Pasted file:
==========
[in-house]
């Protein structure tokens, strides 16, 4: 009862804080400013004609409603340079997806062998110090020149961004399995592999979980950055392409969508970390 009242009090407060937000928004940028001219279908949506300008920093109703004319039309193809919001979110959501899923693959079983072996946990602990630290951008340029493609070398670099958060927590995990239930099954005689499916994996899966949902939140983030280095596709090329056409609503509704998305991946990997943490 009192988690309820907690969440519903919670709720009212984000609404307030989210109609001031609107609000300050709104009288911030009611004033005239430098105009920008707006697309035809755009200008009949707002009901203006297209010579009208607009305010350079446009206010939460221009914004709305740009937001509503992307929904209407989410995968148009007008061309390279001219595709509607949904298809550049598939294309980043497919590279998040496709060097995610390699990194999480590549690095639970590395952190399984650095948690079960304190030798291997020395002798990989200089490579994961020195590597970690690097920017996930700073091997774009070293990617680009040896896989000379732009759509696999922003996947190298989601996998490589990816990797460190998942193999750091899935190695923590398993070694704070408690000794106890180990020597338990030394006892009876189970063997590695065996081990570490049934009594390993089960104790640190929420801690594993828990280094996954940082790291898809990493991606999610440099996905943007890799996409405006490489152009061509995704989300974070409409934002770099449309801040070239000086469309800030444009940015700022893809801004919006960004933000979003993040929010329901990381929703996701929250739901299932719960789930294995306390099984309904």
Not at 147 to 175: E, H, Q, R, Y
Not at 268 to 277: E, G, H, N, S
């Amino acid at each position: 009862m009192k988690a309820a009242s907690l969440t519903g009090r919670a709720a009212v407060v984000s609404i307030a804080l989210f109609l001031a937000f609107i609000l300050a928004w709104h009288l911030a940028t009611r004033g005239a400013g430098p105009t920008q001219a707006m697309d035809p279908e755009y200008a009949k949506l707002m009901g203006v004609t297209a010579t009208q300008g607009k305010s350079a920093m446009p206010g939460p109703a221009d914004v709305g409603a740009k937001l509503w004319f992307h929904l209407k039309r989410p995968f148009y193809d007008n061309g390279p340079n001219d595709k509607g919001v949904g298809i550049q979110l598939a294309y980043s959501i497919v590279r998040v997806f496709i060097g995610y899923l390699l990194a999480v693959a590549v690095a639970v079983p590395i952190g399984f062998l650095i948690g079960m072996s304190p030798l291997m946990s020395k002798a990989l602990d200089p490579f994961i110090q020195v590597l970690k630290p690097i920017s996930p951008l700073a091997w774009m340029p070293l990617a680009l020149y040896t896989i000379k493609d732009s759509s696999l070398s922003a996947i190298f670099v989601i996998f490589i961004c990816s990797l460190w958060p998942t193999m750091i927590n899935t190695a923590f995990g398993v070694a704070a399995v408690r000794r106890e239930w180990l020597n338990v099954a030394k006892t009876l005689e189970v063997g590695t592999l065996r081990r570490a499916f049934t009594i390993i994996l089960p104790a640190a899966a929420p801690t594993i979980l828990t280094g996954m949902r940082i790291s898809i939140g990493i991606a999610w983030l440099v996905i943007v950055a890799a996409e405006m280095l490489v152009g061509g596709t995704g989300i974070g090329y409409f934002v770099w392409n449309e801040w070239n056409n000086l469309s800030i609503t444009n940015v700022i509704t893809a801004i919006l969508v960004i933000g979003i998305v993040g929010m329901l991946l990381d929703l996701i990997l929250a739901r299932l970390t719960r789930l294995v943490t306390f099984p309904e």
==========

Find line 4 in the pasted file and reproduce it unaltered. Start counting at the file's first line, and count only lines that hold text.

Not at 268 to 277: E, G, H, N, S